“There is, admittedly,” Wall writes, “a difference between the elderly terminal patient in terrible pain who wants all pain to cease and the despondent teen-ager whose pain is one of low self-esteem. But the difference is finally one of degree. The terminally ill person, out of personal suffering and a concern for the impact a lingering illness has on family and the immediate human circle, may turn to suicide.
“But the emotionally distraught teen-ager or adult may reach the same conclusion: my pain is too great, and my presence is detrimental to those around me. To make that decision before life involuntarily leaves us is a decision we are free to make, but it is a choice that is ultimately selfish.”
On the other hand, Battin, the University of Utah professor, says the greatest protection against abuse is to allow the individual to retain control “over this most intimate and personal of matters. . . . It’s controlled either way--either by the person whose death it is or by other parties. . . . Only voluntary choices should be respected.”
People admittedly can be manipulated into choosing to die, she continued, but “we now manipulate them into staying alive. . . . We coerce them into keeping on living.”
Surprisingly, perhaps, few on either side of the euthanasia argument seem to appeal directly to Bible passages for support.
Scripture is not nearly as clear on euthanasia as it is on abortion, said Lewis Smedes, professor of integrated studies at the Fuller Graduate School of Psychology in Pasadena. “People could abort even in Old Testament times,” noted Smedes, an 18-year member of the bioethics committee at Pasadena’s Huntington Memorial Hospital. “But nobody had a respirator to keep people going then. Eldercare was important.”
Euthanasia opponents sometimes cite the biblical commandment, “Thou shalt not kill” as justification for their position as well as Psalm 139, which speaks of God’s mysterious creation and watchfulness over human life. Those who say a life may sometimes be taken or someone permitted to die are more likely to appeal to the general Scriptural principles of compassion, human dignity and worth.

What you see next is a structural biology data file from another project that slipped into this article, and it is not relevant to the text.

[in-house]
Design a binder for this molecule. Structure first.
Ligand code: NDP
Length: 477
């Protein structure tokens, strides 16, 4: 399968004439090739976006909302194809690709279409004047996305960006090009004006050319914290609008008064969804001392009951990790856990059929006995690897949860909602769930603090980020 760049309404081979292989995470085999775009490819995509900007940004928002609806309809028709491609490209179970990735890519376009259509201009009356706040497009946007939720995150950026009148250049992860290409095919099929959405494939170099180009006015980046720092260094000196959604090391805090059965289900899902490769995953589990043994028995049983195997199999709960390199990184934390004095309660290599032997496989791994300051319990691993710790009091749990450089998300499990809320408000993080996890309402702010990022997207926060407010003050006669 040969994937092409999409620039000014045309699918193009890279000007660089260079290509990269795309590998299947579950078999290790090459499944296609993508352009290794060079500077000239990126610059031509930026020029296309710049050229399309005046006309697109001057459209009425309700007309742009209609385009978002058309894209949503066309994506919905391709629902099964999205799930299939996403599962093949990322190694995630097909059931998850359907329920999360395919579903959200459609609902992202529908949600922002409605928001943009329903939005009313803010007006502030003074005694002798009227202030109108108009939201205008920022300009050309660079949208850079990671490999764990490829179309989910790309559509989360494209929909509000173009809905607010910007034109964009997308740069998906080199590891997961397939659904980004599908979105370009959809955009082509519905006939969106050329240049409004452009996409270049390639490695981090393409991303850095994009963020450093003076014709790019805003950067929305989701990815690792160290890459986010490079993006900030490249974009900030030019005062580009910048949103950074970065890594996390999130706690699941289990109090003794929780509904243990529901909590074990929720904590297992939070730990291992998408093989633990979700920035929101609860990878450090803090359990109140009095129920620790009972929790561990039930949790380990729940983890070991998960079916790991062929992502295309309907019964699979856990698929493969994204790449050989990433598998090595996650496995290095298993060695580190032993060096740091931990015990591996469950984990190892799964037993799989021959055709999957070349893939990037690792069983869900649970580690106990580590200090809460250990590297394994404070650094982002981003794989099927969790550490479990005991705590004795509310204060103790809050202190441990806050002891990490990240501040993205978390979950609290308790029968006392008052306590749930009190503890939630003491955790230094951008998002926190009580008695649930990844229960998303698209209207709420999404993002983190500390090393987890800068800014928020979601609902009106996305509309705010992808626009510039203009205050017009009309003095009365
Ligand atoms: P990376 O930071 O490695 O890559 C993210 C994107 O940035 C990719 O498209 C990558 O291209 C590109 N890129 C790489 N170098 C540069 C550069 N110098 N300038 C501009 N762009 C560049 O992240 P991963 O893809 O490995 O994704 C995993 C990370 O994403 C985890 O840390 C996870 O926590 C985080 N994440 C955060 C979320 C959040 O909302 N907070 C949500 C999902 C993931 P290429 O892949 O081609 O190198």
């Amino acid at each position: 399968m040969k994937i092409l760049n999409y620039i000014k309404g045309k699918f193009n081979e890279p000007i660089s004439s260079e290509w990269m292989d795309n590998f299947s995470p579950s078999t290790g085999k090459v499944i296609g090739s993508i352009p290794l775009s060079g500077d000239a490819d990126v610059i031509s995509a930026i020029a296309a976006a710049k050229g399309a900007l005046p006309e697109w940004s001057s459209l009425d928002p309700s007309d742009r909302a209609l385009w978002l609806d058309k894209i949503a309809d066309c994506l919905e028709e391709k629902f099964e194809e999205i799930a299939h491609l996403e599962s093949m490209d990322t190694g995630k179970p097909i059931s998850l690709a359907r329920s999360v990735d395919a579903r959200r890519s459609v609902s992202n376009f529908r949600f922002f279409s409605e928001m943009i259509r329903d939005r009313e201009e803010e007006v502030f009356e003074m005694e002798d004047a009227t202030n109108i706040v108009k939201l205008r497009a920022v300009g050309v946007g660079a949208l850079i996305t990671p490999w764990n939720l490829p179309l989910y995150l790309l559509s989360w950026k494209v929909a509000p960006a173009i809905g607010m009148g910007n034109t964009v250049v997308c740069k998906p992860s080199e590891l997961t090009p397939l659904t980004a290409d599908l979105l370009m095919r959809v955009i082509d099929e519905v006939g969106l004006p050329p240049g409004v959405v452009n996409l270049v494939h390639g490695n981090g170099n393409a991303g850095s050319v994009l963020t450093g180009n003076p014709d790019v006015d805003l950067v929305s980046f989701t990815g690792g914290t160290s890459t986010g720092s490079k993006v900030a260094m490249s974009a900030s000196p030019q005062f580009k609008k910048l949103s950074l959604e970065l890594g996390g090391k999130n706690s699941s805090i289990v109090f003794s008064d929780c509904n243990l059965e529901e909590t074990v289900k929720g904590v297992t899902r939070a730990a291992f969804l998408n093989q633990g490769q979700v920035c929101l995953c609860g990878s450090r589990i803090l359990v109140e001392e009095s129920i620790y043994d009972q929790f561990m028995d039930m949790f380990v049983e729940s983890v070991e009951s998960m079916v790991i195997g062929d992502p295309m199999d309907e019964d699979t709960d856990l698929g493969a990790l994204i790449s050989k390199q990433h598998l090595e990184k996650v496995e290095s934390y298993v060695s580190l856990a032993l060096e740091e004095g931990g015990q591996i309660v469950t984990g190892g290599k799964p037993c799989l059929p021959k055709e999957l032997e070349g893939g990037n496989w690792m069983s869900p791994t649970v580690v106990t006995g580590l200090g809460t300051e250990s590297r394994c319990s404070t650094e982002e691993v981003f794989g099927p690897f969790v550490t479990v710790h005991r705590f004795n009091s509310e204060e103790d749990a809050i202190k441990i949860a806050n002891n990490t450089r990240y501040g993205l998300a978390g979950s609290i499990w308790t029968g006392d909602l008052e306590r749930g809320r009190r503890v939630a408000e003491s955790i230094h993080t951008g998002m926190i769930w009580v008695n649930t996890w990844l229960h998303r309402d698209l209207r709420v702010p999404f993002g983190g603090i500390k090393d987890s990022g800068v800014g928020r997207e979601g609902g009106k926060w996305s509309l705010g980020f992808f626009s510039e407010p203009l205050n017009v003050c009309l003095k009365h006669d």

Smedes emphasizes the need “to hear special signals from God,” that, in the words of Ecclesiastes 12:7, indicate when it may be time to “let the dust return to the Earth as it was; and the spirit shall return unto God who gave it.”
Religious arguments alone do not persuade most people not to end their lives when they face terminal illness accompanied by great suffering, according to Corrine Bayley, vice president for ethics and corporate values at St. Joseph Health System in Orange, an agency serving seven regional Roman Catholic hospitals.
Rather, she said, care and compassion change the wish to die.
“Hospice staff will tell you that those who ask to end life no longer ask for that when they feel they are not abandoned, when they feel they are cared for, and when they have adequate pain control,” Bayley said.
But the Rev. Marvin Evans, a Unitarian-Universalist minister who is coordinator of the Interfaith Clergy for Yes on 119, says “love is best served by at least having available the voluntary option of asking your physician--and only your physician--to aid you in dying with dignity.”
Evans said several parishioners described the option as an “enormously liberating assurance.”
In neither case did the patient choose the option. “But knowing it was there made their last days far more meaningful and rich than being in horror of passing from life to death--that passage being inevitable,” Evans said.